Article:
Interview: Futurama's David X. Cohen
Tue, 01 Jul 2008 17:43:17
Matt Groening Videos
As the head writer and executive producer of Futurama, David X. Cohen is something of a hero among sci-fi and animation aficionados. Born from the highly imaginative minds of Cohen and Simpsons impresario Matt Groening, the show found a second life in the home entertainment market, which eventually led to the development of a quartet of straight-to-DVD films. The Beast with a Billion Backs, the second of these four releases, is now available for longtime fans and Futurama newbies to delight in, featuring an intergalactic polyamorous love story. Cohen spoke to ARTISTdirect about translating the beloved series to feature length format, his reverence for everything sci-fi, and nabbing Professor Stephen Hawking to make yet another a cameo.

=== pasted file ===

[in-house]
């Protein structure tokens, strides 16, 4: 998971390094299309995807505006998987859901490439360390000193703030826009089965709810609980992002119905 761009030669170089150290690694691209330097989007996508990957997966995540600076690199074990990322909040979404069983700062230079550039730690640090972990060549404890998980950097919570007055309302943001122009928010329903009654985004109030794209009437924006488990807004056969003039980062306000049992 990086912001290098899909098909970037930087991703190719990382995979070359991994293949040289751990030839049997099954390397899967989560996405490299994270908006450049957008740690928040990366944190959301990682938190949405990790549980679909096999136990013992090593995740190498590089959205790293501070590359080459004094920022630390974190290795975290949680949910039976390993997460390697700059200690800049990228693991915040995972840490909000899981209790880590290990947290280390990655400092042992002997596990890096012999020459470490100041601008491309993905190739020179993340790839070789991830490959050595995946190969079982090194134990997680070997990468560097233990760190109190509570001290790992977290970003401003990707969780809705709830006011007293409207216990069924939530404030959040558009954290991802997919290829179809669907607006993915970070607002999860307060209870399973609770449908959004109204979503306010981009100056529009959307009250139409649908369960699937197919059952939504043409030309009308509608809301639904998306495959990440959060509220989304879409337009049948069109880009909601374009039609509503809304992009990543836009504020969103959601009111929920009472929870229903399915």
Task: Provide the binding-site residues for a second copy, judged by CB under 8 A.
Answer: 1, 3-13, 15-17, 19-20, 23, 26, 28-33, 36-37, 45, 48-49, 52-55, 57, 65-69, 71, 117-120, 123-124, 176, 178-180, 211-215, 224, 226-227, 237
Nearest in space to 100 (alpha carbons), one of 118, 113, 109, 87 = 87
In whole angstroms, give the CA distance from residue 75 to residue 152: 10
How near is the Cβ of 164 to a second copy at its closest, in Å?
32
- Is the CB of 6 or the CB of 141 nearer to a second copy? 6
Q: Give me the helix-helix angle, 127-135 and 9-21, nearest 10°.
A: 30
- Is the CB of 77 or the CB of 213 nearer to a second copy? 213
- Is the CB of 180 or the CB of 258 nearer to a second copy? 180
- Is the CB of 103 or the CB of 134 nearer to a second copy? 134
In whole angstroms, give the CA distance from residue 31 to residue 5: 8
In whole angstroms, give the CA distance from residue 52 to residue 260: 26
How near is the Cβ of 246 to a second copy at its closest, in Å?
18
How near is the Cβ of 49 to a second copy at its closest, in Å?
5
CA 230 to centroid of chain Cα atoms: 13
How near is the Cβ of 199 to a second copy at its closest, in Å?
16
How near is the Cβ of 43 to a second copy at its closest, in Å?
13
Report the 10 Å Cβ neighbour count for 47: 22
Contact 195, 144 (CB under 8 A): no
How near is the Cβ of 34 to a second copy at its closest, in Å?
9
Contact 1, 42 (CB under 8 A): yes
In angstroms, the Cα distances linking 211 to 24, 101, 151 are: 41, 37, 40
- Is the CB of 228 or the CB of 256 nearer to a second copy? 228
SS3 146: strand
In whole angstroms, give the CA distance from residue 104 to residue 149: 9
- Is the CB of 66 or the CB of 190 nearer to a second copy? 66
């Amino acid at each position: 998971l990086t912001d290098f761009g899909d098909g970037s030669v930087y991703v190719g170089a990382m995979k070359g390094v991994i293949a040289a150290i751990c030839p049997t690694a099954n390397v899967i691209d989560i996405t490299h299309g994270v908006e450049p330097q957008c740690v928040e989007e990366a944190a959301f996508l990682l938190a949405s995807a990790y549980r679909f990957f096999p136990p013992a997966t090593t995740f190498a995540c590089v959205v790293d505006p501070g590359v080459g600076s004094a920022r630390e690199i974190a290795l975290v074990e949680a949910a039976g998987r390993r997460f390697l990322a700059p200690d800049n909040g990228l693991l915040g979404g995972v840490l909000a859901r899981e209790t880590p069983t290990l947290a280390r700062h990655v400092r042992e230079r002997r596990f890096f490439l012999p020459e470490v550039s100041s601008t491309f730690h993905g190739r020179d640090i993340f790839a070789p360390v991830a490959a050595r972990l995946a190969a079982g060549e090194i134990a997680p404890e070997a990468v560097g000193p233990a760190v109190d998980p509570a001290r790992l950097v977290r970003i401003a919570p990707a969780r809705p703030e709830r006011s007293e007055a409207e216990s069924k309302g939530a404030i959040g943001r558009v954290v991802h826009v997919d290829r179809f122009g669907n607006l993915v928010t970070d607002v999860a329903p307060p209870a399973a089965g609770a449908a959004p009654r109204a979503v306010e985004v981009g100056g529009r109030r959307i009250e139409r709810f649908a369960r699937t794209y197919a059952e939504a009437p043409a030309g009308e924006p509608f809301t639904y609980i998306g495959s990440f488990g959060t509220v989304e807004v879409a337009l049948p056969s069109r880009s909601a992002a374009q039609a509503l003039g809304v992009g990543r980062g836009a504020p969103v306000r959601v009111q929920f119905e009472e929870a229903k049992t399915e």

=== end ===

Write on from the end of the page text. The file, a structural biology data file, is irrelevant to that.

How long does it take for each film to come to fruition?
It is a grueling process, and yet, much less grueling than a [typical] animated feature you would see because we have some efficiencies of television that we have applied to our schedule. Over the long haul, we usually spend, I would say, probably a month talking about the idea, then about three months in the writing process for a person to write a script and a group of writers to go through and punch it up. Then there’s close to a year of animation then a few more months afterwards. So, probably around a year-and-a-half for the first one we handed in, but it’s still about a half to a third [the time it takes to produce] a big budget movie.
Futurama is one of those shows that’s done exceptionally well on DVD. Is that the reason that you chose a straight-to-DVD release instead of a theatrical release?